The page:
A Senate Energy and Natural Resources field hearing took place Saturday as members of the public had the opportunity to give their opinions on the New River Gorge National Park and Preserve Act — a piece of legislation that would re-designate the New River Gorge National River as the New River Gorge National Park and Preserve.  

The piece of legislation was introduced by U.S. Sens. Joe Manchin, D-W.Va., ranking member of the Senate Energy and Natural Resources Committee, and Shelley Moore Capito, R-W.Va., who both say designating the river as the New River Gorge National Park and Preserve will boost the tourism industry, which will help the state's economy. 

The legislation would have the National Park and Preserve consist of 72,186 acres. The National Preserve would have 64,495 acres, and hunting and fishing will be allowed, and the National Park side will have 7,691 acres and will consist of four areas: The Lower Gorge, Thurmond, Grandview and Sandstone Falls. 

Hunting would be restricted on the National Park side if the legislation passes. Some areas making up the National Park currently restrict hunting, but this brings forward a concern for some hunters, because if passed, the legislation would require they lose another 4,385 acres to hunt on. 

While some hunters are opposed to the new designation, many members of the public spoke in favor of it during Saturday's public hearing. 

Jack David Woodrum, president of the Summers County Commission, is on board with the designation. He said he supports Manchin and Capito in believing it will improve the state's economy. 

"We [Summers County Commission] feel as far as economy goes, this will be a great improvement, and advance tourism in the region," Woodrum said. "I'm one of the few elected officials that spent a great deal of their life in this area, decades of my life, so I really support this."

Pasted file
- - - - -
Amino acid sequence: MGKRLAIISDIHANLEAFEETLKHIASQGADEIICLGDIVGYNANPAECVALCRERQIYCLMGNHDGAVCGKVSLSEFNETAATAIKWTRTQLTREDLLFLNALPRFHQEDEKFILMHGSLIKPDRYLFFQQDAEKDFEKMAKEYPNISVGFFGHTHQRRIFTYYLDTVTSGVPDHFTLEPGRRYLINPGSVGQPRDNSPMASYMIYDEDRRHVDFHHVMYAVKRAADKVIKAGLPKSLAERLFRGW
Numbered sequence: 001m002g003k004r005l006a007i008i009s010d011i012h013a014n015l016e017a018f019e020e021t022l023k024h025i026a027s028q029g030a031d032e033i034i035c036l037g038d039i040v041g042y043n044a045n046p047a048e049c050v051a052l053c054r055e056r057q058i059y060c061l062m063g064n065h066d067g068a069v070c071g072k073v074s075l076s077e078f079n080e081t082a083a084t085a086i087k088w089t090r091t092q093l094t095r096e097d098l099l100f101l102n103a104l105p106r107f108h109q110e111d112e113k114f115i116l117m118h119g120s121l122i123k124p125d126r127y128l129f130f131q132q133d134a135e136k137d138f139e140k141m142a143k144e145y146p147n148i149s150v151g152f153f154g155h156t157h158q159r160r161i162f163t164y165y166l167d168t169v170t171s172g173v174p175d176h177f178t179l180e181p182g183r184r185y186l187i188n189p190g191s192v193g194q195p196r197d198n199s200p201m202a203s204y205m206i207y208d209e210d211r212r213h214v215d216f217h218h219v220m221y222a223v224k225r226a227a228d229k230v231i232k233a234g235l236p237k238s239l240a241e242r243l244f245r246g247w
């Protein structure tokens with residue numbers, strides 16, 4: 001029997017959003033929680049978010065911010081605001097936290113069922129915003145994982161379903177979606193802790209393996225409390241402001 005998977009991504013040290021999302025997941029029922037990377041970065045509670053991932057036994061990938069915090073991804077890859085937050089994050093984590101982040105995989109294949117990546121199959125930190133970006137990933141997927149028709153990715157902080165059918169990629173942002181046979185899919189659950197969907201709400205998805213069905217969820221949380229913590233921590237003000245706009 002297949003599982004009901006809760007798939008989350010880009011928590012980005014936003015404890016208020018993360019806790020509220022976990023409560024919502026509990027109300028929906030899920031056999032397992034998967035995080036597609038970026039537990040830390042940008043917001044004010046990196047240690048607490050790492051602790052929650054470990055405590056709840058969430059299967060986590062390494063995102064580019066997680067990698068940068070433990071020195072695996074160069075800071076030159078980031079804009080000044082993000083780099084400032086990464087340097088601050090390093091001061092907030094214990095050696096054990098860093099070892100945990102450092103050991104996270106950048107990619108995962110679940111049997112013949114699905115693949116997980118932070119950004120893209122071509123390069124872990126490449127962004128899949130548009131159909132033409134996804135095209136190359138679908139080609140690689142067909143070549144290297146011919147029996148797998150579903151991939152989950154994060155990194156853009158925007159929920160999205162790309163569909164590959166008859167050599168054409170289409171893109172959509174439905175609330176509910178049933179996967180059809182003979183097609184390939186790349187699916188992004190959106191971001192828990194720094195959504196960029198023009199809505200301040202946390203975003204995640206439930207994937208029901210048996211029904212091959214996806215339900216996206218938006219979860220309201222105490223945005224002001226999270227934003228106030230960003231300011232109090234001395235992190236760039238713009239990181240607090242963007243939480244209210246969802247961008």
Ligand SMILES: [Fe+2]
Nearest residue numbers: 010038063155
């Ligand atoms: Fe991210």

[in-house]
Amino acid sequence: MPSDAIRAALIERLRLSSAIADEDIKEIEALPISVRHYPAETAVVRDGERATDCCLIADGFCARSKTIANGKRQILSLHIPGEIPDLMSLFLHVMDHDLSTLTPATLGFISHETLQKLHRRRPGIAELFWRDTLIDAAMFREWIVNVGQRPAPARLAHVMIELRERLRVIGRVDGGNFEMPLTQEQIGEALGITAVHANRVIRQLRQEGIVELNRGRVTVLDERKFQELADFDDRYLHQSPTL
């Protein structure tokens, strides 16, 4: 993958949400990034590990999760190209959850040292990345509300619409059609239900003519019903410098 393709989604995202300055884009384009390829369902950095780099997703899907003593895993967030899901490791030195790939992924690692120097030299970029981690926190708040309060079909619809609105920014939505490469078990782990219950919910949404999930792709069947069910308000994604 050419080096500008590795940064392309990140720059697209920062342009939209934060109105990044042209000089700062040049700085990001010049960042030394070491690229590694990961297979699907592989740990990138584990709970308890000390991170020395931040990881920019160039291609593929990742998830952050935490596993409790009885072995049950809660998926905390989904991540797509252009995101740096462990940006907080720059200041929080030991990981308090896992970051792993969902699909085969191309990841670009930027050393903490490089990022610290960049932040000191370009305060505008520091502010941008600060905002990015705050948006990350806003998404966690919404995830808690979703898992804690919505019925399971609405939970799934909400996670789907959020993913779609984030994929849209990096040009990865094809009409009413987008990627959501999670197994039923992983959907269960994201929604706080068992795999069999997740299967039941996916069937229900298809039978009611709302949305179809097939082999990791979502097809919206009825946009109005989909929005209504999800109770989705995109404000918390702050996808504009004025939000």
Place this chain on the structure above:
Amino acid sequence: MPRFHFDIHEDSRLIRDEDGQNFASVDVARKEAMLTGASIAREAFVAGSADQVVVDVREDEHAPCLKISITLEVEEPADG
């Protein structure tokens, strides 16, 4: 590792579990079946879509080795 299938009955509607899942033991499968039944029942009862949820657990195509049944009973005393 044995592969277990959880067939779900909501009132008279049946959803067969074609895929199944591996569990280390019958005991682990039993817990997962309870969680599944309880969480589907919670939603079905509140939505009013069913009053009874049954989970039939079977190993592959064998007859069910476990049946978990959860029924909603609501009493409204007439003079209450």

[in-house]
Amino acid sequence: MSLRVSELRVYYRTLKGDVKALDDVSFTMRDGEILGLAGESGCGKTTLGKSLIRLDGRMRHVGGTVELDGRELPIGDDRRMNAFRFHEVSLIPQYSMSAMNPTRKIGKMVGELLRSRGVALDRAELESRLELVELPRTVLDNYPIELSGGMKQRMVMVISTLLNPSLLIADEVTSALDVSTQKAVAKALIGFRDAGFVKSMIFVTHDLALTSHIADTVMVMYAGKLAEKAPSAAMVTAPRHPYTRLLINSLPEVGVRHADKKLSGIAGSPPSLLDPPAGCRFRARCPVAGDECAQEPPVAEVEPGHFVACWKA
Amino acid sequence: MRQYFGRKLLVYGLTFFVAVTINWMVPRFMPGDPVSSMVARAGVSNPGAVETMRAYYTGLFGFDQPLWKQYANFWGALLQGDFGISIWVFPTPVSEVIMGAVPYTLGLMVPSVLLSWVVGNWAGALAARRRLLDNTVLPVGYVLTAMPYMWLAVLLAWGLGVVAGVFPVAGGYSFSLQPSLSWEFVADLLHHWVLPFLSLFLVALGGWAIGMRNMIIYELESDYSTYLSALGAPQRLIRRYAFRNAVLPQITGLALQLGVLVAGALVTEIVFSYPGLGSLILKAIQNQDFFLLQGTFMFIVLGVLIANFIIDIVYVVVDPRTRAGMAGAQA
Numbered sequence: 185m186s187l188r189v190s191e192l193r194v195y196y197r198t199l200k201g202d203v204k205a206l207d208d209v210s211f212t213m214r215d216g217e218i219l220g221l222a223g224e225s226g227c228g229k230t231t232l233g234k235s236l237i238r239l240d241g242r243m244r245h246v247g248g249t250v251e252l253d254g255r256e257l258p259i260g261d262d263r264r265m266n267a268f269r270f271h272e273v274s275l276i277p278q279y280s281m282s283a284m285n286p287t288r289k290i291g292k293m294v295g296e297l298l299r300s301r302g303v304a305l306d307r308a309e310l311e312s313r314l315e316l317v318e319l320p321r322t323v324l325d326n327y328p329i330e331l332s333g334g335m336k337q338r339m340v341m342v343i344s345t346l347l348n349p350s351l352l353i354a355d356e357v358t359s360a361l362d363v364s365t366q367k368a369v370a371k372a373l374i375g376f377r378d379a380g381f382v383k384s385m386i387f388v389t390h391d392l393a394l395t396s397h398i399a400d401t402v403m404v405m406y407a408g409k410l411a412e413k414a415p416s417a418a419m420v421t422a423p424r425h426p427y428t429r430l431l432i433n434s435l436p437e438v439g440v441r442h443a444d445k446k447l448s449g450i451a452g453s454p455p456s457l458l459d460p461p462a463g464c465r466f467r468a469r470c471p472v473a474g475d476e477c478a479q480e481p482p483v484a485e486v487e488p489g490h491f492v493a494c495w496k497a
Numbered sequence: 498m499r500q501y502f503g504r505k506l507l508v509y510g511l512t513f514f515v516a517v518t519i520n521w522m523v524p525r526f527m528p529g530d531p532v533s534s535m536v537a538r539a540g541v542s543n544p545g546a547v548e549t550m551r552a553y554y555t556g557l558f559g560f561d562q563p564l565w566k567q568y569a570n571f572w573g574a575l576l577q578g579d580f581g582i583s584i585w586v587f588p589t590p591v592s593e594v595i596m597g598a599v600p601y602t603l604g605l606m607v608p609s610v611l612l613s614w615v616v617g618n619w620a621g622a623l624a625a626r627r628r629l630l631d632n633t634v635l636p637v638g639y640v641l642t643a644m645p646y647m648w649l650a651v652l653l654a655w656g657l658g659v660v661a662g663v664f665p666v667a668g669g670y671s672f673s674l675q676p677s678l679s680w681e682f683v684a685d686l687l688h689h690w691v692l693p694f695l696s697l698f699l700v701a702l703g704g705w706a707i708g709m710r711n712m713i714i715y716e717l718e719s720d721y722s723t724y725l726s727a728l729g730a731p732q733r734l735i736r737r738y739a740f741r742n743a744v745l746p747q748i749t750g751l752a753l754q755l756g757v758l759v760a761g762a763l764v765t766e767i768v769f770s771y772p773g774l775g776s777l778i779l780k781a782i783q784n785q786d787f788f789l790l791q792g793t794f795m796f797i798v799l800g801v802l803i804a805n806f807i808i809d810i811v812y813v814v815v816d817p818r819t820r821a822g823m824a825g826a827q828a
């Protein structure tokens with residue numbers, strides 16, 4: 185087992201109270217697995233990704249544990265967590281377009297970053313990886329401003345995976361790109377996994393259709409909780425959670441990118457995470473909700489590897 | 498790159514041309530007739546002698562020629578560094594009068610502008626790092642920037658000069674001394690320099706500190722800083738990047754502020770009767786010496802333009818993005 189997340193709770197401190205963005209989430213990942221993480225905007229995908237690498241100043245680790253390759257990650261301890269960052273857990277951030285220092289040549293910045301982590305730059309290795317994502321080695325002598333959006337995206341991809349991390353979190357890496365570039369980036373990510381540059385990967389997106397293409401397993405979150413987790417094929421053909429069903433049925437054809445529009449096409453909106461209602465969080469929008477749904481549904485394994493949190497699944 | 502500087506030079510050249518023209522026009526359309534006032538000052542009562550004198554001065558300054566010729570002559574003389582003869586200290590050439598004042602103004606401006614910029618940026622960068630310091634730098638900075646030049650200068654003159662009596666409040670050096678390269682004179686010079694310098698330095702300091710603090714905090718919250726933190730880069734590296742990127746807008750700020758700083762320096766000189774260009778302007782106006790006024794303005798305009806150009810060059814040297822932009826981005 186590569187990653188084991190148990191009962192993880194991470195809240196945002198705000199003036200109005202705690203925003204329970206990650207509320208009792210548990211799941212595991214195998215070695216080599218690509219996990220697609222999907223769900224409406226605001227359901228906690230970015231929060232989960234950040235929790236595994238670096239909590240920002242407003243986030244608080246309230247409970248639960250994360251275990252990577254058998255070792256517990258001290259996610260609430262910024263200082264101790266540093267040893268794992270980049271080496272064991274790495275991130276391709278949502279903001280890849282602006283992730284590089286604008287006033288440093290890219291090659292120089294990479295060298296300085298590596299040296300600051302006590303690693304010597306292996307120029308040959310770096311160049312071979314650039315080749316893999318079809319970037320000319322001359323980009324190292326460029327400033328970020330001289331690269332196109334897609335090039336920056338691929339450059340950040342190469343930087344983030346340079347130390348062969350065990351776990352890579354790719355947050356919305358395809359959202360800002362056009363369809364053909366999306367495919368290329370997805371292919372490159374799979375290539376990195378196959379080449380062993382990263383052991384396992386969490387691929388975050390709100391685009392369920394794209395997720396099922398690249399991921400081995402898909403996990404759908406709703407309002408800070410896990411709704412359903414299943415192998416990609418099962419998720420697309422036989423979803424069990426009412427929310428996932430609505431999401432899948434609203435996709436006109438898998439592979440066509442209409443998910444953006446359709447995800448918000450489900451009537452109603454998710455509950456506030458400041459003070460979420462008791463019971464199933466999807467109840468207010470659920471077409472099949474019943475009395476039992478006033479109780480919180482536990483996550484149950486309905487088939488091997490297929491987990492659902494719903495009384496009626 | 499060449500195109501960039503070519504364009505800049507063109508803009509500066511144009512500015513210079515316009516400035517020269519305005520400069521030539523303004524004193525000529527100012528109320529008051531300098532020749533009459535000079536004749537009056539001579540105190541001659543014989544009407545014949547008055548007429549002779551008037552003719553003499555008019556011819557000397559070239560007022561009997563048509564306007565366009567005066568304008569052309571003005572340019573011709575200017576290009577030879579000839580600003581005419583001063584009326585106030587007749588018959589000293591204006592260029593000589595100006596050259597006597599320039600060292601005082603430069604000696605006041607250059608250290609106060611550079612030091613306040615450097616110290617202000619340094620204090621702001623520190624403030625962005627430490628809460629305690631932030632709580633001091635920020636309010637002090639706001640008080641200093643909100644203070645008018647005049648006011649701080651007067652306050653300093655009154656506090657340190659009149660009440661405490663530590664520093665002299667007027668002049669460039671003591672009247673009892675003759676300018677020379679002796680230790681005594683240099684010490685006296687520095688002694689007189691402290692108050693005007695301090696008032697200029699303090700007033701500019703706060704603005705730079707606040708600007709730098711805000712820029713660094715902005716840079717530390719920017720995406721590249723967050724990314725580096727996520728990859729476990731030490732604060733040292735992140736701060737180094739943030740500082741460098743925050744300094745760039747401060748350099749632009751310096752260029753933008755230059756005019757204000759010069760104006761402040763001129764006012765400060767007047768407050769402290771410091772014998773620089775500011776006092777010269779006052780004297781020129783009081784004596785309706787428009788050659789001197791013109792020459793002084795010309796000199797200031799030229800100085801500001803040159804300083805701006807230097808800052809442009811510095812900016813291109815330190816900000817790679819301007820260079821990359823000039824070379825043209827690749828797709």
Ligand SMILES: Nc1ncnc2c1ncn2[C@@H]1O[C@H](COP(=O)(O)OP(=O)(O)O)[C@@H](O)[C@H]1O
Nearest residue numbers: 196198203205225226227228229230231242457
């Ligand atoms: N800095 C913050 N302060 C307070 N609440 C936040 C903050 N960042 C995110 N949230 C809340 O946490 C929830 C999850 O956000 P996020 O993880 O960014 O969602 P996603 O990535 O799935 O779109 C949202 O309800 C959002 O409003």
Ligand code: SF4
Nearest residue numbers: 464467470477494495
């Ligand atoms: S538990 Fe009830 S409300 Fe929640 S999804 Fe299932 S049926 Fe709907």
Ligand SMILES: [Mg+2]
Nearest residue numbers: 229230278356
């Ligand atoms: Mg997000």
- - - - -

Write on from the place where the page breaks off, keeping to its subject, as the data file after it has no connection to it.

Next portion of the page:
Brenda Howes, an employee of ACE Adventure Resort in Oak Hill, told senators that ACE employees are constantly looking for ways to bring people into the area, including opening up their waterpark to the public and conducting Mountain Music Festival.

"I feel designating this area is a great economic move for southern West Virginia," Howes said. "Our area is desperately needing jobs to bring new, young people into our state, and keep our young people from leaving." 

Jenna Grayson, a board member for Generation New River Gorge, agreed with Howe's comment about bringing young people to the state. She said she was in favor of the designation, and feels it would increase jobs and individual opportunities in the area. 

"I am a transplant to West Virginia. I moved here because of the river, but when I got here I realized how difficult it was to find a job here," Grayson said. "It would give this area a boost in the economy and bring young people, who want to stay in this area, stay like myself."

Larry Case, of Fayetteville, said he felt speaking out against the legislation was a hard thing to do, and although Fayetteville is a small community, he felt as a hunter, he needed to speak out against it. 

"I would be ashamed as a hunter if we didn't speak out about this," Case said. "We cannot stand and say it's OK if you want to take some 4,000 acres from us. Hunters were promised when this area was formed that hunting would remain. We would like to see it stay that way." 

Both Manchin and Capito stated the public's comments would be reported to Washington, D.C., to be considered as crafting of the legislation continues.